It has been 20 years since Liebeck v McDonald's
Restaurants, wherein a U.S. court in the state of New Mexico
awarded the plaintiff $2.9 million after she accidently spilled hot
coffee which she had just purchased from the fast food giant onto
her lap. You may be more familiar with the case's other names,
"The Hot Coffee Lawsuit" or "The McDonald's
Coffee Case." For many this case was simply a classic example
of a frivolous lawsuit, and was a shining example of the need for
tort reform, especially in the U.S. with its spiralling damage
After learning about the Liebeck case 20 years ago I
can remember thinking to myself at the time (with all my youthful
ignorance) that perhaps I will visit McDonald's and have my own
hot coffee "accident." "That would never happen in
Canada," I was told by someone older and much wiser. It was
easy to simply pass Liebeck off as just another lawsuit in
the highly litigious U.S. society. But are we immune to such
frivolous lawsuits here in Canada?
I was reminded of Liebeck upon learning about
Canada's own version of the The Hot Coffee Lawsuit, involving a
very Canadian company, Tim Hortons: Laflamme c.
Groupe TDL ltée, 2014 QCCS 312. Ms. Laflamme was
seeking just over $2 million in damages for being served
excessively hot potato soup which burned her mouth and lead to
other physical, mental, and emotional problems. In the end the
plaintiff was awarded nearly $70,000 with interest and additional
indemnity. (This sum is far less than the $2.9 million awarded in
Liebeck, however it should be noted that the trial judge
reduced the final amount to $640,000, and the parties settled for
an undisclosed final amount before an appeal was decided).
Having read the judgment I would argue that Laflamme
was not a frivolous lawsuit. To some $70,000 may seem like a lot of
money for burning one's mouth with some hot potato soup. One
may be asking, "Where is the personal responsibility? Why
didn't Ms. Laflamme make sure the soup wasn't too hot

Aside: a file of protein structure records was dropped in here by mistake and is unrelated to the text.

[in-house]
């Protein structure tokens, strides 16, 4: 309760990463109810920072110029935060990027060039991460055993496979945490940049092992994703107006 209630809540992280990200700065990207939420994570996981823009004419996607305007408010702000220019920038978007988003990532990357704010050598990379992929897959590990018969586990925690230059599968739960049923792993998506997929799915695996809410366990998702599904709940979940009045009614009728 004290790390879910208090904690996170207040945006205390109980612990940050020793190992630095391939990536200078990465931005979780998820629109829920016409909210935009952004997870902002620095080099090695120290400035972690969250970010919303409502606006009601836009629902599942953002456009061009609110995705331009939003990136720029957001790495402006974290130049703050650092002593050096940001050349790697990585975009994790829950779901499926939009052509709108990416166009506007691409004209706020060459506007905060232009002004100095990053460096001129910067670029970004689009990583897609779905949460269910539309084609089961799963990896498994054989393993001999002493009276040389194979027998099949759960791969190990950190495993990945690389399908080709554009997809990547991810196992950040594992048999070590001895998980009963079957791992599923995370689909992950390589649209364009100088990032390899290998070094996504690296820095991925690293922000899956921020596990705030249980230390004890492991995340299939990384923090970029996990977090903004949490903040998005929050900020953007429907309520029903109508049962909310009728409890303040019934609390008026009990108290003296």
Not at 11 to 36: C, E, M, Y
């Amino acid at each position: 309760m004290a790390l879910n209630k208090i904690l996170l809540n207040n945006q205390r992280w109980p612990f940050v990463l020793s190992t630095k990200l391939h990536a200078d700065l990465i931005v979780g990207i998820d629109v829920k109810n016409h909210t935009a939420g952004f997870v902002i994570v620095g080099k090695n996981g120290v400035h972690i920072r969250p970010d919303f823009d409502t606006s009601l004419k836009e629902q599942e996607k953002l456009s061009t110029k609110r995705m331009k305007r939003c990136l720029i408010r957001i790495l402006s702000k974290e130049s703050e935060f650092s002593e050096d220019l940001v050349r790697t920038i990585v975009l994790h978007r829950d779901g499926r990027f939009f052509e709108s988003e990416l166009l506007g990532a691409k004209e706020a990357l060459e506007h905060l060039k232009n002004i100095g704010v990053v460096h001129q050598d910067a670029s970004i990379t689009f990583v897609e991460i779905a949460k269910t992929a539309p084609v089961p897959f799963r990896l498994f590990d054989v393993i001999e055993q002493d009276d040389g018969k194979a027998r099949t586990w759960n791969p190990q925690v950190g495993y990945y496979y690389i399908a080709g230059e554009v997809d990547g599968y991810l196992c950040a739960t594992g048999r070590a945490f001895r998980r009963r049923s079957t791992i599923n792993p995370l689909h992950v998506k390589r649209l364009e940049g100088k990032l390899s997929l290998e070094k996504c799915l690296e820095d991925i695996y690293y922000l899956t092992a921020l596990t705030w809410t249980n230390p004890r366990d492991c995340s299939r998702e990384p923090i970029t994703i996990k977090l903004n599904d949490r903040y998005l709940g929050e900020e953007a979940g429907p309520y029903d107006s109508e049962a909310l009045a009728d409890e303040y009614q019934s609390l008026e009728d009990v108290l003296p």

before putting it in her mouth? Did she blow on the soup first to
cool it down?" The answer is no, she did not test the
soup's temperature before putting it in her mouth, nor did she
blow on it to cool it down. In fact the Defendants argued that Ms.
Laflamme was the "author of her own misfortune" (at para.
167), but the Court did take that into consideration and
apportioned fault 1/3rd to the Plaintiff (apportionment being an
art, not as science). Furthermore the Court was very thorough in
its review of all the relevant factors: the governing law in
Québec regarding liability, the restaurant's food
preparation methods, expert evidence from burn specialists and food
chemists, Ms. Laflamme's employment history and personal
relationships, the extent of the damages, and the "thin skull
doctrine." For being somewhat skeptical before reading the
judgement, by the end I was completely convinced that it was a
It has been my experience that legal practitioners in Canada are
careful not to bring frivolous or vexatious lawsuits. The trilogy
of cases (Andrews v. Grand & Toy Alberta Ltd., 
2 SCR 229, Arnold v. Teno,  2 SCR 287, Thornton
v. School Dist. No. 57 (Prince George),  2 SCR 267) has
limited non-pecuniary damages and has certainly helped in this
regard. For these reasons, and if the Court in Laflamme is
indicative of courts across the country, it is the writer's
opinion that the risk of frivolous lawsuits in Canada is
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